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MG-115 Compound heterozygous SCN4A mutation underlies severe congenital hypotonia and biophysical alteration in the encoded voltage-gated NAV1.4 sodium channel
  1. Clara DM van Karnebeek1,2,3,4,5,
  2. X Cynthia Ye2,3,6,5,
  3. Mena Abdelsayed7,
  4. Katherine Selby1,4,8,
  5. Linhua Zhang2,3,6,5,
  6. Chieko Chijiwa1,6,5,
  7. Glenda Hendson1,9,5,
  8. Bryan Sayson2,4,5,
  9. Harinder Gill8,
  10. Martha Balicki1,6,5,
  11. Patrice Eydoux1,3,9,5,
  12. Colin J Ross2,3,6,5,
  13. Hilary Vallance1,2,3,4,5,
  14. Wyeth Wasserman2,3,6,5,
  15. Peter Ruben7,
  16. Suzanne ME Lewis1,3,6,5
  1. 1BC Children’s and Women’s Hospital, 4480 Oak Street, Vancouver, B. C. V6H 3V4, Canada (CWH)
  2. 2Treatable Intellectual Disability Endeavour in British Columbia (, CWH
  3. 3Centre for Molecular Medicine and Therapeutics, Child and Family Research Institute, 950 28th Ave W, Vancouver, BC V5Z 4H4
  4. 4Department of Pediatrics, CWH
  5. 5University of British Columbia, Vancouver, B. C., Canada
  6. 6Department of Medical Genetics, CWH
  7. 7Department of Biomedical Physiology and Kinesiology, Simon Fraser University, 8888 University Drive, Burnaby, BC V5A 1S6
  8. 8National Centre for Medical Genetics, Our Lady's Children's Hospital, Dublin, Ireland
  9. 9Department of Pathology and Laboratory Medicine, CWH


Introduction Mutations in the family of SCN genes encoding sodium channels are responsible for several disorders affecting the central and peripheral nervous systems and muscle. Disease arising from sodium channel mutants range from the relatively benign (e.g. mild myotonia) to the fatal (e.g. long-QT syndrome), with a wide variety of disorders spanning the spectrum of severity. Identified SCN4a mutations to date have been consistently autosomal dominant and associated with paramyotonia congenita, potassium-mediated periodic paralysis or aggravated myotonia due to defects altering the biophysical properties of sodium channels that mediate membrane hyper- or hypo-excitability. Here we describe a newly recognised autosomal-recessive syndrome comprising severe congenital hypotonia with respiratory failure in a family of Punjabi descent, with 2 of 3 children affected.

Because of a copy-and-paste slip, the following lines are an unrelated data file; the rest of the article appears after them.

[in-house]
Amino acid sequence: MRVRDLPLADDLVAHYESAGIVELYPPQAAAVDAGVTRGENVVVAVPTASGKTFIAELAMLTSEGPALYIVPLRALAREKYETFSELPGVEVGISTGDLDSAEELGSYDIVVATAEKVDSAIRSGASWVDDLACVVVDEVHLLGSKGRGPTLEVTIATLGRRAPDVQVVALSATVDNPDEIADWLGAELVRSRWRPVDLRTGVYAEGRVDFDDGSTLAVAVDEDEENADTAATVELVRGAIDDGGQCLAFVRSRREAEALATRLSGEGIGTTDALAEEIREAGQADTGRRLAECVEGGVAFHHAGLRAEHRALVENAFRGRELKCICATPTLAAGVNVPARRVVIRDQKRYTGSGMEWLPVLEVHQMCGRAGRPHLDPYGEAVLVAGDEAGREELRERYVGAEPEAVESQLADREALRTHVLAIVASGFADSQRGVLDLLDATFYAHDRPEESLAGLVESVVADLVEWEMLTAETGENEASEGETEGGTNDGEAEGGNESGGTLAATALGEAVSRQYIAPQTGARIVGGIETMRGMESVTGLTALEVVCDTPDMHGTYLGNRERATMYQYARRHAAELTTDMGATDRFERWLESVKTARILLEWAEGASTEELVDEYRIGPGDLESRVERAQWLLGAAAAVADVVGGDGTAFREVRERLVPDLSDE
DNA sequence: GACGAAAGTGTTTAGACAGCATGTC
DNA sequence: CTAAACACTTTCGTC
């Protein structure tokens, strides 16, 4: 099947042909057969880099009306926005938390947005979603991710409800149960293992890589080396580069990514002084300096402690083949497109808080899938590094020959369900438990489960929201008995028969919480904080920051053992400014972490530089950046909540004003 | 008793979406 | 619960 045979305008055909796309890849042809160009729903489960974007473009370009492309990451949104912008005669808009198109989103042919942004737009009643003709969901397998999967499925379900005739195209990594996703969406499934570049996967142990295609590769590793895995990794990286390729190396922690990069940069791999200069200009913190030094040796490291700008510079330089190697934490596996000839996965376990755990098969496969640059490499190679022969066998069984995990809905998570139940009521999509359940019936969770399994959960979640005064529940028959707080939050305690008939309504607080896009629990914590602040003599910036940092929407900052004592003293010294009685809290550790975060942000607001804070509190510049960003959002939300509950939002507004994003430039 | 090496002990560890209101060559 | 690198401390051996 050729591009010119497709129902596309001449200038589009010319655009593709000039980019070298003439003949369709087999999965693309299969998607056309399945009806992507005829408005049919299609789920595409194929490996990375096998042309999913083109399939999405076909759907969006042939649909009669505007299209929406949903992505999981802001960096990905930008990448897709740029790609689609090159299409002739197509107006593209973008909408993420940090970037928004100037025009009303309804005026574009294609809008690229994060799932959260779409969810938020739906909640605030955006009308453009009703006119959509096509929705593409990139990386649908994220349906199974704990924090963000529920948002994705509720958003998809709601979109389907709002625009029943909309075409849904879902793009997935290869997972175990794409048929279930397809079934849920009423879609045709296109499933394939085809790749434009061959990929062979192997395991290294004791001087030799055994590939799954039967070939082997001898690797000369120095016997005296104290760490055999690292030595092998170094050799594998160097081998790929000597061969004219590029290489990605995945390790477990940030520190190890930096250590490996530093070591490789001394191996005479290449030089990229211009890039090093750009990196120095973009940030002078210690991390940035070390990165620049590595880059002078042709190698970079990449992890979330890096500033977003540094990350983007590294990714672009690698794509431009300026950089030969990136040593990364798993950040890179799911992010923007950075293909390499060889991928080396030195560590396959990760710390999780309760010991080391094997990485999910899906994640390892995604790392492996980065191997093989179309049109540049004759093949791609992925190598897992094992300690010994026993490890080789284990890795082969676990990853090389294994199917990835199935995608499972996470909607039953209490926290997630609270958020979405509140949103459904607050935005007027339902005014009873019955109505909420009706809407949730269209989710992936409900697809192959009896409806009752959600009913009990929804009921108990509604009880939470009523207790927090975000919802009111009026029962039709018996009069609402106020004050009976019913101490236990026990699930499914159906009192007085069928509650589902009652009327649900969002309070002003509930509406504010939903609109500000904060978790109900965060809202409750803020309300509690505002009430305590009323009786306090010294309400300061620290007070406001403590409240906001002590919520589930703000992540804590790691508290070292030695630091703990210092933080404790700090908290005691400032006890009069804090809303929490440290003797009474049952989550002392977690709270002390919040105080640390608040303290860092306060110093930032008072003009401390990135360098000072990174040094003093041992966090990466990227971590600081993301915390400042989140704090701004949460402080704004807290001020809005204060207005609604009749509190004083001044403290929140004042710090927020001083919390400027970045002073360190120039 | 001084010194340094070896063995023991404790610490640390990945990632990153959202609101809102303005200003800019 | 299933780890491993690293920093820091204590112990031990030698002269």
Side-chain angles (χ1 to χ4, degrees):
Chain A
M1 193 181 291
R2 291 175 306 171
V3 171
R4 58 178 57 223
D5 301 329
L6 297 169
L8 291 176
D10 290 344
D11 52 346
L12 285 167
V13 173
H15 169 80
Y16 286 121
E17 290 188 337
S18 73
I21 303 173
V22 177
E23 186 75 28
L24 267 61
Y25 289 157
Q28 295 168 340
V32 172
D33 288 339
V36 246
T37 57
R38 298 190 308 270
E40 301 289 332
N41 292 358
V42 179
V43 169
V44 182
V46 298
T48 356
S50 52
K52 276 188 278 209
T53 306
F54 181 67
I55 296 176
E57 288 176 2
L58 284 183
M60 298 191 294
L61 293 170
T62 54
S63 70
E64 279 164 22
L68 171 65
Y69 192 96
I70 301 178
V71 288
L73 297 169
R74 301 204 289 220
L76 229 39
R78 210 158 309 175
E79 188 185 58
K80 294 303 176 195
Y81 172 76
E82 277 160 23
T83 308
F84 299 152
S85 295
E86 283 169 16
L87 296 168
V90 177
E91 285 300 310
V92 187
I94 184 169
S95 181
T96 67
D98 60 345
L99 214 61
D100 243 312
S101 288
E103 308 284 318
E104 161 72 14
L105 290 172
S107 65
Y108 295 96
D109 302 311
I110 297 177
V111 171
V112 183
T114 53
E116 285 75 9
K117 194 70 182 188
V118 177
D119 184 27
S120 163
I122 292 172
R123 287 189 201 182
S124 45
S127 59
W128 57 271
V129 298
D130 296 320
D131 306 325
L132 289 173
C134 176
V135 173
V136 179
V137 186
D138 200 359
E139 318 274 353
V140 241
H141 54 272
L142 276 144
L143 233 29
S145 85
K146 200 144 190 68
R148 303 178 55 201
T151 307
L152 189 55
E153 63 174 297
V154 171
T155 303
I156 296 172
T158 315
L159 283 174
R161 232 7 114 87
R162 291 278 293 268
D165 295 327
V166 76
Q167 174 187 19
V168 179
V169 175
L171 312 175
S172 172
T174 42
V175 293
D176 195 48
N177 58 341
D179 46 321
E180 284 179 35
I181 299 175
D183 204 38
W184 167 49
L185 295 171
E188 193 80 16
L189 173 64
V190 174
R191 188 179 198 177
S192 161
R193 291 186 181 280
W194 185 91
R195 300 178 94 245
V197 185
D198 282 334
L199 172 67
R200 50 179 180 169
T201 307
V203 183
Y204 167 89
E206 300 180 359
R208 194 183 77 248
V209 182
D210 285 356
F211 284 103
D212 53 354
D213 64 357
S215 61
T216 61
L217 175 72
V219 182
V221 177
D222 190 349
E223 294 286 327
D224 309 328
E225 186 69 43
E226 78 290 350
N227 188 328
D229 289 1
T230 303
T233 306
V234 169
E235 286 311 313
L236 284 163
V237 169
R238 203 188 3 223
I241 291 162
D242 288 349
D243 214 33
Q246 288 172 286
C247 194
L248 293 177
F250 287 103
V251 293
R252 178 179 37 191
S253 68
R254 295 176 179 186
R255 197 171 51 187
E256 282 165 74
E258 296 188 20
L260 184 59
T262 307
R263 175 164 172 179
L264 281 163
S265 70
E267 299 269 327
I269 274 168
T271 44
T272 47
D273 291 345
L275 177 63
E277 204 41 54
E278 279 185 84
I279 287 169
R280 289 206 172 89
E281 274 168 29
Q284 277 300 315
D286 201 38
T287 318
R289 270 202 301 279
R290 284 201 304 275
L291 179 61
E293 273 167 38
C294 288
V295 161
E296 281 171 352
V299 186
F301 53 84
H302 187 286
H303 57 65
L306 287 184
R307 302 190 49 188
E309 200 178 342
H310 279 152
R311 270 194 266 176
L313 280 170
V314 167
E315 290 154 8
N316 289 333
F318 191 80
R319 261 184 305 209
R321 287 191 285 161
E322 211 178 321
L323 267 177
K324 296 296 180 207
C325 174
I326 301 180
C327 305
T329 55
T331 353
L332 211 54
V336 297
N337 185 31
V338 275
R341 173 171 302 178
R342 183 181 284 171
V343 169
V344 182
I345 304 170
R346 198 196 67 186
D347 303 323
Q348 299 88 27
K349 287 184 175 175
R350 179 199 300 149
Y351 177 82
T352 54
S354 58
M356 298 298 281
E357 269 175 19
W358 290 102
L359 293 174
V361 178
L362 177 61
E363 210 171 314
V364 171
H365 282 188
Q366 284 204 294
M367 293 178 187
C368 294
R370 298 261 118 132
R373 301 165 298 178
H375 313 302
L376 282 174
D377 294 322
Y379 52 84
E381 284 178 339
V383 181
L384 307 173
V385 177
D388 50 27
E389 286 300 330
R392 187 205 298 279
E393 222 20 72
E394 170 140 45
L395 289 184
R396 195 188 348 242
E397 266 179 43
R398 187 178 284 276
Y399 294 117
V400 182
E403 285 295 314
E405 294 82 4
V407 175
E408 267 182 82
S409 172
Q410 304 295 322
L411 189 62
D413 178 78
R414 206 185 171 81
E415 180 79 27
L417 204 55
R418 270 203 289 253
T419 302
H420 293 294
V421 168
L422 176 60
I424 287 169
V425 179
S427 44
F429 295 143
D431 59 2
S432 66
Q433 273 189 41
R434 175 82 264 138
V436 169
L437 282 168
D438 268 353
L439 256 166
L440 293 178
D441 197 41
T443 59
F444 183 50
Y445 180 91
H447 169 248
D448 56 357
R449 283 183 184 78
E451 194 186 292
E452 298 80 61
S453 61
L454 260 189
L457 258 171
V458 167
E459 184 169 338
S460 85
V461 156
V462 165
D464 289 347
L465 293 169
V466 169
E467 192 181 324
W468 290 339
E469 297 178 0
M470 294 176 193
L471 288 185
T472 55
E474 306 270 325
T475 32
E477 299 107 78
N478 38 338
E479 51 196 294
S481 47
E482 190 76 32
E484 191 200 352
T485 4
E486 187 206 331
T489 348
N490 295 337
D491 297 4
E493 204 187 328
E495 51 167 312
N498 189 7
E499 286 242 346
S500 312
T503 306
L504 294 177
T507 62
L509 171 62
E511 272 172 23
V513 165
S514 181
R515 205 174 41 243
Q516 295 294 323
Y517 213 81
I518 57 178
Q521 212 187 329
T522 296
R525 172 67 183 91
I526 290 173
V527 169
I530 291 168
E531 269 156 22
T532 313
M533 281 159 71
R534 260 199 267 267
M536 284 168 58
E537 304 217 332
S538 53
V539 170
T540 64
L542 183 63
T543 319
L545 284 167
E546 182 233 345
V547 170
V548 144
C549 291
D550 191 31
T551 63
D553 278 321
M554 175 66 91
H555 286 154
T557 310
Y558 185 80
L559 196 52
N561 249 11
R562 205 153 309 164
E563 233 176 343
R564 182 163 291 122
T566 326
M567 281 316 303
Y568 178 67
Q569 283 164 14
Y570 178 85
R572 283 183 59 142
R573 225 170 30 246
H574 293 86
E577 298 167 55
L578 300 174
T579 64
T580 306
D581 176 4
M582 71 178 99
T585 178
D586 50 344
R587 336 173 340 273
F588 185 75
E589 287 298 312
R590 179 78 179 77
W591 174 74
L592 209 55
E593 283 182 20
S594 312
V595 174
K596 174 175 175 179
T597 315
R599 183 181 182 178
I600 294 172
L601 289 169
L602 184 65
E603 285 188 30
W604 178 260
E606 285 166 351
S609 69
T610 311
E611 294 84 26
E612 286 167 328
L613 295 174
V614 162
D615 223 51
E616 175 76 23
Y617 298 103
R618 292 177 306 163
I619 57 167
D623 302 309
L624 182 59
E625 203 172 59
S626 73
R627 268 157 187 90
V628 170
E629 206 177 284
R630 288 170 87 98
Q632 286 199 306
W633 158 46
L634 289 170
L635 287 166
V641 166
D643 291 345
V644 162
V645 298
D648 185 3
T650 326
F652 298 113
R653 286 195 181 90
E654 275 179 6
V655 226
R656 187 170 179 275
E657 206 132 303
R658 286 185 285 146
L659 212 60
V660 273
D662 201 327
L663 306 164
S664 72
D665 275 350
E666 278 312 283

Methods and results Using whole exome sequencing we identified two new mutations (g. 62025363 C >T, D1069N and g. 62025425 T >G, splice site) in the SCN4A gene, confirmed via Sanger sequencing. Reverse transcriptase polymerase chain reaction shows that the splice-site mutation in SCN4A leads to altered RNA. To investigate the impact of the missense mutation, c.3205G >A, Chinese hamster ovary (CHOk1) cells transfected with either a WT or D1069N SCN4A were examined for their biophysical properties. A set of depolarizing test pulses was used to measure the voltage dependence of activation and indicated biophysical changes in the encoded voltage-gated sodium channel (NaV1.4).

Conclusions Together, our findings characterise the first reported evidence of an autosomal recessive SCN4a sodium channelopathy comprising severe congenital neuromuscular hypotonia and respiratory failure with biophysical dysfunction of NaV1.4 attributable to SCN4a compound heterozygous gene mutation.

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